The original comics adaptation, along with 23 others, can be found in my new book, Poems to See By: A Comic Artist Interprets Great Poetry (Plough Publishing, 2020).

Posted in "The Love Song of J. Alfred Prufrock" by T.S. Eliot, comics, illustration, Poetry, Poetry Comics, watercolour | 2 Comments

Video of “The World Is Too Much With Us” by William Wordsworth

A very amusing video by Jim Avis, based on my comics adaptation of William Wordsworth’s c. 1802 sonnet, “The World Is Too Much With Us.” The reading is by Tom Hiddleston. 2020, a year in which, for many, the world was not with us enough, marks the 250th anniversary of Wordsworth’s birth. It is also the year in which I finally caved and got myself a smartphone.

The original comics adaptation, along with 23 others, can be found in my new book, Poems to See By: A Comic Artist Interprets Great Poetry (Plough Publishing).

 

 

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Views of an Imaginary City 2: The Teposensuki or “Lovers’ Bridge”


The Teposensuki (“Sensuka Bridge”) is the widest and most monumental of the bridges spanning the Juminta River in the central area of the city known as the Kadini (“Nest”). It is also notable for being the sole bridge in the capital built on two levels: a wide central carriageway for commercial traffic and two narrower raised pedestrian passageways on either side, along which citizens and tourists can walk at a more leisurely pace and take in the impressive views over the riverfront.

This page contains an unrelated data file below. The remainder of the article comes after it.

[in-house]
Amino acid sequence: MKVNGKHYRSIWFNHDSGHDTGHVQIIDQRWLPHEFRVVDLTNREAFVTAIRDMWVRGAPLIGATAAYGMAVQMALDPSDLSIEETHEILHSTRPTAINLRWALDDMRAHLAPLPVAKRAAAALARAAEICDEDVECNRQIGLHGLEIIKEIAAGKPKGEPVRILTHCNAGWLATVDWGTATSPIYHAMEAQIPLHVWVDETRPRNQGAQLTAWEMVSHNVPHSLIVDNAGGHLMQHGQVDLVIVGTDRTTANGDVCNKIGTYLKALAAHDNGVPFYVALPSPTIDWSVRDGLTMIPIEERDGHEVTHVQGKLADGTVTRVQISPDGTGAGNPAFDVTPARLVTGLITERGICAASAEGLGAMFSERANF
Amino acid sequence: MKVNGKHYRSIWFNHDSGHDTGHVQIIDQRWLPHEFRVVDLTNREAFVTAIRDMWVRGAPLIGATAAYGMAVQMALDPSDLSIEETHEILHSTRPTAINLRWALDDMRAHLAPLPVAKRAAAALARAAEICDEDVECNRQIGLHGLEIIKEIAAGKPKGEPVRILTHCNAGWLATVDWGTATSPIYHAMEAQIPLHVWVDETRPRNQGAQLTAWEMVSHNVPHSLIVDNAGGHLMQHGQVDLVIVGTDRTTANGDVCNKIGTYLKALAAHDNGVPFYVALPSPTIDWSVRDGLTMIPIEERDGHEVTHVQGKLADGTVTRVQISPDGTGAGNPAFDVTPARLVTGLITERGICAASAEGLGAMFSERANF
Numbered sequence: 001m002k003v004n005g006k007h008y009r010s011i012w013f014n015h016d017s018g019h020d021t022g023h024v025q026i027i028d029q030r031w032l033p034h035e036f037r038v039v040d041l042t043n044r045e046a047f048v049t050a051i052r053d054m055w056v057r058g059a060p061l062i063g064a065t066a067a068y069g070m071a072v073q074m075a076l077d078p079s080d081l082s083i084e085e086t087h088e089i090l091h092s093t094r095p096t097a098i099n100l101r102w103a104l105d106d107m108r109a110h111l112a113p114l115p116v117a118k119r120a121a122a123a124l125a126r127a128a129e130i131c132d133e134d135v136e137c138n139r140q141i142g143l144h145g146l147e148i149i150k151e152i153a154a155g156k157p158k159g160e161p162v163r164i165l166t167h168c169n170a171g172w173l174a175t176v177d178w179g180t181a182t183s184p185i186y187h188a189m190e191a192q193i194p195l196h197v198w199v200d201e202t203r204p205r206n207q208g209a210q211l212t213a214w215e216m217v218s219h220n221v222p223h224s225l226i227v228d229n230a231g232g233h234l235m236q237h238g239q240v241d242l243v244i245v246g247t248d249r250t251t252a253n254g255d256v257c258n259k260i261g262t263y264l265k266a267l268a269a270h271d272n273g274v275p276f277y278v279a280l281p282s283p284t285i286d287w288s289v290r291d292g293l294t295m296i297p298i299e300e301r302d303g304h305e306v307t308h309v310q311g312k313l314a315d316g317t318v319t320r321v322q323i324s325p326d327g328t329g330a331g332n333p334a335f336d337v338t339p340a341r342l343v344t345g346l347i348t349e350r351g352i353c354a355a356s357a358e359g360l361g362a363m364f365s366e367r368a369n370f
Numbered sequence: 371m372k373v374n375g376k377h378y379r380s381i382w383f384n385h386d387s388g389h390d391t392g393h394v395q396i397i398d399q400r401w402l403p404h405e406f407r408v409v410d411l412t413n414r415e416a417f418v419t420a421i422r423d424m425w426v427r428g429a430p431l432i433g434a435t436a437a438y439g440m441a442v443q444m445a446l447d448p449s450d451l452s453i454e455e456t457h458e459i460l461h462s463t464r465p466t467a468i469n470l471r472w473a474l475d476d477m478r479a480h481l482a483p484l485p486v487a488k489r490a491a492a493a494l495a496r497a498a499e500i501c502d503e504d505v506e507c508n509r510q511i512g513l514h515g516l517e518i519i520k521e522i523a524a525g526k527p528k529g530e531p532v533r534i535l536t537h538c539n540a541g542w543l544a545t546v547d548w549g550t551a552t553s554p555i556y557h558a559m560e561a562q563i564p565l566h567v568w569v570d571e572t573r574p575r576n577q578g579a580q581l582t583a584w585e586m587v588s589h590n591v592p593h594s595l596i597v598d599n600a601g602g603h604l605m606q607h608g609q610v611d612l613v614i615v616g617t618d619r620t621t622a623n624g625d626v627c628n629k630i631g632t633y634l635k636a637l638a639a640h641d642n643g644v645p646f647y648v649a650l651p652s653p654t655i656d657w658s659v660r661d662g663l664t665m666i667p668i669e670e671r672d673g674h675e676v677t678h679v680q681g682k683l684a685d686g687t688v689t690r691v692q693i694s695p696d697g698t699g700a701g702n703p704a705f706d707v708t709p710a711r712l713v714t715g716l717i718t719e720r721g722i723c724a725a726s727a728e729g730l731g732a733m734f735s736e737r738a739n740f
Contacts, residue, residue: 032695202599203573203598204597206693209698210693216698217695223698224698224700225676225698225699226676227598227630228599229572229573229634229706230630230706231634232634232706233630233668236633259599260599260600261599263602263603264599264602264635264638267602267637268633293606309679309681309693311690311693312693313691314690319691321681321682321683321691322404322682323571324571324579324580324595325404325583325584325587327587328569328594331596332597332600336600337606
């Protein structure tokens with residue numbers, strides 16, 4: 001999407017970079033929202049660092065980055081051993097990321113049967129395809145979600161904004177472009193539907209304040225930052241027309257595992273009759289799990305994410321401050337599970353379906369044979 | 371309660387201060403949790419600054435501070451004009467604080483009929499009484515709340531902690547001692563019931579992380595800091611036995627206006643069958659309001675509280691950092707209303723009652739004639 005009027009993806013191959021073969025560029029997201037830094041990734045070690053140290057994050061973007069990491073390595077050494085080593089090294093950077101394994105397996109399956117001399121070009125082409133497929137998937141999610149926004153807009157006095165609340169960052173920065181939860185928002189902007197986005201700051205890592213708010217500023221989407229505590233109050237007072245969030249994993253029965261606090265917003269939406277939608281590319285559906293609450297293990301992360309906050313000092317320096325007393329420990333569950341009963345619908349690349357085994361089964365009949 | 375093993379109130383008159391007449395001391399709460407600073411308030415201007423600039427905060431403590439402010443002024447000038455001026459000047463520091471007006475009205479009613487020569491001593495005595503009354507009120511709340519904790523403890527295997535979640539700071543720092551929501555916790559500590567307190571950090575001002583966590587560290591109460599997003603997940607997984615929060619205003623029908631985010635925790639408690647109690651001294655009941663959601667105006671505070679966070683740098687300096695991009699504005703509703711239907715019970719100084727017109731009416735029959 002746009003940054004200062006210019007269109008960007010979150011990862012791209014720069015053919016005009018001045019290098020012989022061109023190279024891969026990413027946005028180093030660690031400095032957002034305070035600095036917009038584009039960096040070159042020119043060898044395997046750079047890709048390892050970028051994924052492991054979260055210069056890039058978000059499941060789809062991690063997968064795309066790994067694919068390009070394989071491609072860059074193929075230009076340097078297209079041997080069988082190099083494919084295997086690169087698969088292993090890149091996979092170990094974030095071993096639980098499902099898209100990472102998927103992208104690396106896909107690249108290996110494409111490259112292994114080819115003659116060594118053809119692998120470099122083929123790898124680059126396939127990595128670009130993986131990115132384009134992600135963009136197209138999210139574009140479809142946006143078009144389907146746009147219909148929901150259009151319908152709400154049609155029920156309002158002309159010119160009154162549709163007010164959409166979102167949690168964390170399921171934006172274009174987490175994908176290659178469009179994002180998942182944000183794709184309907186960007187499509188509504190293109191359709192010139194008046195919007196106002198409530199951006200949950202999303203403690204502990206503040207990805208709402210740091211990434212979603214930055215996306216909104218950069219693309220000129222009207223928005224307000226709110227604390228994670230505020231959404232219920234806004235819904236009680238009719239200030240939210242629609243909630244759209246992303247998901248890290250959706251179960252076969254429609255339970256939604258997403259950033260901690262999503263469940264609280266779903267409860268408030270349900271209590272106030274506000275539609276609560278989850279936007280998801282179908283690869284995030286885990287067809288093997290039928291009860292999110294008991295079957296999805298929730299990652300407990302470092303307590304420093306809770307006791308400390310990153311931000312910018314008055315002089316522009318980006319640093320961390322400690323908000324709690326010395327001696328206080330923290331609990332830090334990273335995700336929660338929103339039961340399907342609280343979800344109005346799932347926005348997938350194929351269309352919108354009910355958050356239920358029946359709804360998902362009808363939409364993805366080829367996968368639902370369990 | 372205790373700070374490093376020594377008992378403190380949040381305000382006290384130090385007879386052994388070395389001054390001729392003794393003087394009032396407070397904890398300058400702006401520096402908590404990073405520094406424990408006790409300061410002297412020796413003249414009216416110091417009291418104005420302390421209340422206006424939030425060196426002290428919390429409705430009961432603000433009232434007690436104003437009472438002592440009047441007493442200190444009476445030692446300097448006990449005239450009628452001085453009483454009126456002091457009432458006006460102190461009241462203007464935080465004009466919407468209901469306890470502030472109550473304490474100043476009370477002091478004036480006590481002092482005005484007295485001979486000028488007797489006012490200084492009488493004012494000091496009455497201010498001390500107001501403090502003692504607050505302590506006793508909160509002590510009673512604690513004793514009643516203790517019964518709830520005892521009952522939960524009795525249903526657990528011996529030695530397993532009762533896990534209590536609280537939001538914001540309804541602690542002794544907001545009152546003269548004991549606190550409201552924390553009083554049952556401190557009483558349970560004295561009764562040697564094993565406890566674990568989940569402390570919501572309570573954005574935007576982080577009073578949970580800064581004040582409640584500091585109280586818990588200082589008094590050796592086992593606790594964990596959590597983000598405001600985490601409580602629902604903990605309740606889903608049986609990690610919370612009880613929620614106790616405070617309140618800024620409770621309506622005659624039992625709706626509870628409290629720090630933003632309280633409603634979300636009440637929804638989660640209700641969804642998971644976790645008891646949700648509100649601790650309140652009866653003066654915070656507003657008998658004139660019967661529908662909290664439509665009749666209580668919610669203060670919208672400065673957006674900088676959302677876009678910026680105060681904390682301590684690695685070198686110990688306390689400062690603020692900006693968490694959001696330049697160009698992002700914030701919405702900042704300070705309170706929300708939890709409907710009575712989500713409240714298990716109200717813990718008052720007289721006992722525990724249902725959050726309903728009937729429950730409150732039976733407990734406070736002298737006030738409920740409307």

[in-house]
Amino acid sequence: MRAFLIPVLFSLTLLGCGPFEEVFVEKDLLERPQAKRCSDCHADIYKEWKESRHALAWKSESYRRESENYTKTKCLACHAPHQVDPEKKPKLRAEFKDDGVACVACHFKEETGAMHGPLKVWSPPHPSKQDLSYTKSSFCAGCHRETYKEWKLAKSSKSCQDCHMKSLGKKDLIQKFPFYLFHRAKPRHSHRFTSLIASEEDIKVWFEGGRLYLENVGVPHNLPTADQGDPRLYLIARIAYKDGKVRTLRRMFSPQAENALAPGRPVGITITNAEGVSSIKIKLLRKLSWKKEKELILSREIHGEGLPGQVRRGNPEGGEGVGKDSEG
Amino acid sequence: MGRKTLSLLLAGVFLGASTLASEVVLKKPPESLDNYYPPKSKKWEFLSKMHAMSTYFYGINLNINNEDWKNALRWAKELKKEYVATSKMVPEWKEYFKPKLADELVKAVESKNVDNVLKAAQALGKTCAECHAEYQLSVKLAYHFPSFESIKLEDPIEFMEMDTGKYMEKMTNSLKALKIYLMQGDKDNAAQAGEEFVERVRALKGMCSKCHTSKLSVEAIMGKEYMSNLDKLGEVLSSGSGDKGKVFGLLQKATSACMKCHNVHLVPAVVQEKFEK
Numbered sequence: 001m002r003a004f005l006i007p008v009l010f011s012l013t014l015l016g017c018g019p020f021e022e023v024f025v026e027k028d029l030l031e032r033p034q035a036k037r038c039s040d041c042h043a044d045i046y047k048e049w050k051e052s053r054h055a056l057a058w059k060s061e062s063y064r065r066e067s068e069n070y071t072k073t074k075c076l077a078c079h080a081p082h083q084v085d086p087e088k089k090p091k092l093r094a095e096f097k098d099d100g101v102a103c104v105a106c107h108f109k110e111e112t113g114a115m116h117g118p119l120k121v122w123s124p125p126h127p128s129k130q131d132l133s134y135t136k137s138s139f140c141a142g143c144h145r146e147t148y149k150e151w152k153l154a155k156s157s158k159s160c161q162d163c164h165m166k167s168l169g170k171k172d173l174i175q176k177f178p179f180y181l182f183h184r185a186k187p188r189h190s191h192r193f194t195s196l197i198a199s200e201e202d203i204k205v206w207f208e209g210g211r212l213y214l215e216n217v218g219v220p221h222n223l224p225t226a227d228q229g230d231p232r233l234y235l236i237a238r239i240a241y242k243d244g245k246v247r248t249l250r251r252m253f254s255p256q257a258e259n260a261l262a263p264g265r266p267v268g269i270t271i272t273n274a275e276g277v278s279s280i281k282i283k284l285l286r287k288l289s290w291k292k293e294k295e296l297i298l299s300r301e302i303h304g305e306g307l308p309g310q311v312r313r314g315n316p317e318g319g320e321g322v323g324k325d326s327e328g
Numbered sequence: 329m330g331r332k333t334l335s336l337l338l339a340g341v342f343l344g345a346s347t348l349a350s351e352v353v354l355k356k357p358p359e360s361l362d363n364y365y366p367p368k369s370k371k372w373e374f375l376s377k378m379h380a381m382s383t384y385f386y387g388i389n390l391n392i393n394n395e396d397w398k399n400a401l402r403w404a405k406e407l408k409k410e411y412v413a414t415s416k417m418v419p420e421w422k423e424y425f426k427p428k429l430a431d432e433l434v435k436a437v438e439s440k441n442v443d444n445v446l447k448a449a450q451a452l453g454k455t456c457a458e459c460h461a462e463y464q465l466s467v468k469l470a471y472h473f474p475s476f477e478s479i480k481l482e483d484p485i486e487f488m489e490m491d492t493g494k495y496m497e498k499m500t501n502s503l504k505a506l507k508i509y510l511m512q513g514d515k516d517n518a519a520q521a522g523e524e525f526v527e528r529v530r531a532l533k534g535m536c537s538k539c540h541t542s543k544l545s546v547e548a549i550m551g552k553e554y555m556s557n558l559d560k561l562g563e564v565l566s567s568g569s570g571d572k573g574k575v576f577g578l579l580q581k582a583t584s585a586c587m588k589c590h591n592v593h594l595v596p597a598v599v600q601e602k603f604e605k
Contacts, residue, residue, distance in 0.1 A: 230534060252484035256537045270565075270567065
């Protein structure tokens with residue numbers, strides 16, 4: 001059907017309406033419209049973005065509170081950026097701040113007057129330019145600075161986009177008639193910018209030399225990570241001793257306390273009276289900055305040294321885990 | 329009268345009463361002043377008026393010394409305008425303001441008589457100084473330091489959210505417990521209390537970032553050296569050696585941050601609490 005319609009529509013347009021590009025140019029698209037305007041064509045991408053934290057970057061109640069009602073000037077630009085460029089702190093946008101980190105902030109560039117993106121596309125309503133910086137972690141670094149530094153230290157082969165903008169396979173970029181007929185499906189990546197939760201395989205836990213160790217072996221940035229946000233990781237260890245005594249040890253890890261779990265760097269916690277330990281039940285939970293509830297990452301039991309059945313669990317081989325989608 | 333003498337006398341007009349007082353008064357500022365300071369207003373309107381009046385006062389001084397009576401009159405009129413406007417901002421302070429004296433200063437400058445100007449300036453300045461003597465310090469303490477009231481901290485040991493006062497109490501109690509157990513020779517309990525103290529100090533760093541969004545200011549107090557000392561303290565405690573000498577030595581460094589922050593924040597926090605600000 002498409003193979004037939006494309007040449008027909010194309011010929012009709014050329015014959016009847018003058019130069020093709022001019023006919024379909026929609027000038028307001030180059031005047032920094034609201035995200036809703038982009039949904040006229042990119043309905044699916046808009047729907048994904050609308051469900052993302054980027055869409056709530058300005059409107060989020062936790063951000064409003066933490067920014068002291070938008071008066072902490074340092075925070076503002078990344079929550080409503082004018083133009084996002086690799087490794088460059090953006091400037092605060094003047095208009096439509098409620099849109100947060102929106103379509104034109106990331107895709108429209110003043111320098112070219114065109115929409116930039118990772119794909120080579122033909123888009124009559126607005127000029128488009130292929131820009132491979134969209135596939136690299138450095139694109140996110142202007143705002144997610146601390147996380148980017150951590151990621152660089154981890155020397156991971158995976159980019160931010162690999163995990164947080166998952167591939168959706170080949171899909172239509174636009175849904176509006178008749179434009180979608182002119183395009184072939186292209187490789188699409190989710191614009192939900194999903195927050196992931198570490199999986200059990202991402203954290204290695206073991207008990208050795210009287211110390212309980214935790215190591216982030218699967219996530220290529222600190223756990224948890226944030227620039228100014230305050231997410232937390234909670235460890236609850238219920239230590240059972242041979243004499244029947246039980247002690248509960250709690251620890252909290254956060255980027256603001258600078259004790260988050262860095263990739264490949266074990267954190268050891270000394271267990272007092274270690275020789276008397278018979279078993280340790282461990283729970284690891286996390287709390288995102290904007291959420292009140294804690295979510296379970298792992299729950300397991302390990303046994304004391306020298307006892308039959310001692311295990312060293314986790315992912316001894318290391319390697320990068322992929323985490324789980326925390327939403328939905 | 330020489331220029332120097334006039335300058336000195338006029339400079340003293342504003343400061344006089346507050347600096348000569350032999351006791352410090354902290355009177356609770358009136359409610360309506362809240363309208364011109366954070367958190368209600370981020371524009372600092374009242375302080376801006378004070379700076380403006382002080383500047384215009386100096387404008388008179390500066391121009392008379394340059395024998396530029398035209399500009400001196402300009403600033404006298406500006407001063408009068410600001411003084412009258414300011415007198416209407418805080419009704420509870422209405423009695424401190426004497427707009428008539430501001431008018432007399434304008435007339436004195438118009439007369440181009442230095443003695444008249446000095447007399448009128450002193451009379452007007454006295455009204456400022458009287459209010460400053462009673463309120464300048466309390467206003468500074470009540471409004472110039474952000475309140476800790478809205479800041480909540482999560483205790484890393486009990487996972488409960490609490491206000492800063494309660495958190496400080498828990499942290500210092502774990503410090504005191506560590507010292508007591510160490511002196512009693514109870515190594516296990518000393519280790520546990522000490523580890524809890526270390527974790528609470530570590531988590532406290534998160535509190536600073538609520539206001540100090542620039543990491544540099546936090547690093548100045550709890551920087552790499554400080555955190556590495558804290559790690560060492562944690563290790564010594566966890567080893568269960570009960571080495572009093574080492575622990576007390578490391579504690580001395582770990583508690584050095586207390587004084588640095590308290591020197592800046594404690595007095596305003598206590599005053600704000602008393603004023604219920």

Mounted at the very centre of the bridge’s south balustrade is a stone statue of a man and woman embracing, known simply as “The Lovers.” Such is the fame of this statue that the Teposensuki is often referred to as the Teponemoi (“Lovers’ Bridge”), and indeed that is the name by which it is most commonly known outside of Sensuka. The statue was created over a hundred years ago, in the reign of the Empress Aritokéh, by the celebrated sculptor Pumanton. According to legend, “The Lovers“ was originally two separate sculptures, commissioned for the garden of a nobleman’s villa. Upon completing the two figures, however, Pumanton was so taken with the beauty of his creations that he decided to keep them for himself. He therefore immediately set to work on a new pair of sculptures to give to the nobleman in their stead, temporarily placing the finished statues next to one another in a corner of his workshop. Such was the beauty of the statues, however, that they fell in love. When Pumanton arrived at his workshop one morning, he discovered the two in their present position, locked in each other’s arms. Far from being pleased by this supreme testament to his skill, however, Pumanton was overcome by a jealous rage and set upon the statues with his carving hammer—This is said to be the reason for the chips on the male statue’s right arm and on the female statue’s right knee. Fortunately, an apprentice presently arrived upon the scene, and forcibly subdued his master before he could do any more damage.